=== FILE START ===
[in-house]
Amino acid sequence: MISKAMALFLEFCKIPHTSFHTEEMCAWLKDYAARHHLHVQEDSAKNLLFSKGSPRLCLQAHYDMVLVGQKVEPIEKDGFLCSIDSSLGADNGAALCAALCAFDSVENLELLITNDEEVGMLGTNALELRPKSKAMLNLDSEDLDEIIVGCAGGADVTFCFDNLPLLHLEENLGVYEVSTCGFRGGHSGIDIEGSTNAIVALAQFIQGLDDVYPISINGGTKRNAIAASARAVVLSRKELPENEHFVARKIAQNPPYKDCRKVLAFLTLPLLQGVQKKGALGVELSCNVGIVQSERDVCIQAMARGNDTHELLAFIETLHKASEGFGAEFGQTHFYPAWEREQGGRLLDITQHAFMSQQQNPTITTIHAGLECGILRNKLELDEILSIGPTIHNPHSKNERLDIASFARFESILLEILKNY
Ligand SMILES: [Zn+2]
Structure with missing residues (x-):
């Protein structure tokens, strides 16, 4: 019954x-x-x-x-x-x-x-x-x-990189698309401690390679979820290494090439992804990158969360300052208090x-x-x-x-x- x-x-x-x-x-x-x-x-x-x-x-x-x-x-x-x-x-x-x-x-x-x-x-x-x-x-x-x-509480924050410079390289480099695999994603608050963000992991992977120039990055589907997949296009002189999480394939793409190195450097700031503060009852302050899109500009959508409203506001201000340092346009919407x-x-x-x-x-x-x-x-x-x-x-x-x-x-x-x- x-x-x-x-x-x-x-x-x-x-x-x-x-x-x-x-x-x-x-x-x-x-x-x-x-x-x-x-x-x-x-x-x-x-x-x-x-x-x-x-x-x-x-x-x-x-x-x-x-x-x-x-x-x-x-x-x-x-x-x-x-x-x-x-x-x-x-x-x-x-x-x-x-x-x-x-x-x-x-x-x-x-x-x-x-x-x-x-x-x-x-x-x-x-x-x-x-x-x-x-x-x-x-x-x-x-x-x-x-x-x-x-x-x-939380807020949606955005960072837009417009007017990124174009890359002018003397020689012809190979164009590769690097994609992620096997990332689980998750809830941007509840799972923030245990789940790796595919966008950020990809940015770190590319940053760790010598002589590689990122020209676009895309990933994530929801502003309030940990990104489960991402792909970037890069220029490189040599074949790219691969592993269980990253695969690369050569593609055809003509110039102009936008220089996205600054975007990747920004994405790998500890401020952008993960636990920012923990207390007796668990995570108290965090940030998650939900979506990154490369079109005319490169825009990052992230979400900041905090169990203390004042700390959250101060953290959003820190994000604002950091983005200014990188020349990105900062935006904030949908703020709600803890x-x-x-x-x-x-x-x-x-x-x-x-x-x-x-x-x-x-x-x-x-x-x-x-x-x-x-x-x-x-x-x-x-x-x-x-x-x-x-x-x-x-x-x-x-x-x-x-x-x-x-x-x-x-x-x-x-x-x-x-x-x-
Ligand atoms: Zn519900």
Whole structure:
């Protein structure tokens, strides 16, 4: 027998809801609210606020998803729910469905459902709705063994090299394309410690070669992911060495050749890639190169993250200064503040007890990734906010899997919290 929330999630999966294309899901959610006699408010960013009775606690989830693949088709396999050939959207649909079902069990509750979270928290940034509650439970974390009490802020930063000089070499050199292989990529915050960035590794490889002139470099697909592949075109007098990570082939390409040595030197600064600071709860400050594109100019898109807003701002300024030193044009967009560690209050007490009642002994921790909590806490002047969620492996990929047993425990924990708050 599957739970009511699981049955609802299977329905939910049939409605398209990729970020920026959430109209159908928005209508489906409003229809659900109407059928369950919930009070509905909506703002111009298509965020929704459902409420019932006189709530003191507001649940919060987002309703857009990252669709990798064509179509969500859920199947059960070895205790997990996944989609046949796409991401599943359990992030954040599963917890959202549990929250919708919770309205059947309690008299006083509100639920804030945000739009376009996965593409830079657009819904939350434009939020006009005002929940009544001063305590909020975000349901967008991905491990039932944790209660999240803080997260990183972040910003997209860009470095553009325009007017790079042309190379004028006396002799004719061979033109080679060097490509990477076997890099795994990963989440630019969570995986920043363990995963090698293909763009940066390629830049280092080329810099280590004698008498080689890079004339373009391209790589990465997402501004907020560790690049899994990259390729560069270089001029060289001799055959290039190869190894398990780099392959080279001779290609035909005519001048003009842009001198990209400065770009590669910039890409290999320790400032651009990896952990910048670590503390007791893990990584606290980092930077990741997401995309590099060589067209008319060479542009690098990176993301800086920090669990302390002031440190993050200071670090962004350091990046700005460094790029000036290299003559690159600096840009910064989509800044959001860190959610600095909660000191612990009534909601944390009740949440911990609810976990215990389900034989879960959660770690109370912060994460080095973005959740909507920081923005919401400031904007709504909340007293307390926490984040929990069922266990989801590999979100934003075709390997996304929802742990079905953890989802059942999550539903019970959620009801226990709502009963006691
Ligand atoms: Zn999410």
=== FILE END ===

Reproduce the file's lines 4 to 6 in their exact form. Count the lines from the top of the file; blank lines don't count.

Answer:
Structure with missing residues (x-):
């Protein structure tokens, strides 16, 4: 019954x-x-x-x-x-x-x-x-x-990189698309401690390679979820290494090439992804990158969360300052208090x-x-x-x-x- x-x-x-x-x-x-x-x-x-x-x-x-x-x-x-x-x-x-x-x-x-x-x-x-x-x-x-x-509480924050410079390289480099695999994603608050963000992991992977120039990055589907997949296009002189999480394939793409190195450097700031503060009852302050899109500009959508409203506001201000340092346009919407x-x-x-x-x-x-x-x-x-x-x-x-x-x-x-x- x-x-x-x-x-x-x-x-x-x-x-x-x-x-x-x-x-x-x-x-x-x-x-x-x-x-x-x-x-x-x-x-x-x-x-x-x-x-x-x-x-x-x-x-x-x-x-x-x-x-x-x-x-x-x-x-x-x-x-x-x-x-x-x-x-x-x-x-x-x-x-x-x-x-x-x-x-x-x-x-x-x-x-x-x-x-x-x-x-x-x-x-x-x-x-x-x-x-x-x-x-x-x-x-x-x-x-x-x-x-x-x-x-x-939380807020949606955005960072837009417009007017990124174009890359002018003397020689012809190979164009590769690097994609992620096997990332689980998750809830941007509840799972923030245990789940790796595919966008950020990809940015770190590319940053760790010598002589590689990122020209676009895309990933994530929801502003309030940990990104489960991402792909970037890069220029490189040599074949790219691969592993269980990253695969690369050569593609055809003509110039102009936008220089996205600054975007990747920004994405790998500890401020952008993960636990920012923990207390007796668990995570108290965090940030998650939900979506990154490369079109005319490169825009990052992230979400900041905090169990203390004042700390959250101060953290959003820190994000604002950091983005200014990188020349990105900062935006904030949908703020709600803890x-x-x-x-x-x-x-x-x-x-x-x-x-x-x-x-x-x-x-x-x-x-x-x-x-x-x-x-x-x-x-x-x-x-x-x-x-x-x-x-x-x-x-x-x-x-x-x-x-x-x-x-x-x-x-x-x-x-x-x-x-x-
Ligand atoms: Zn519900």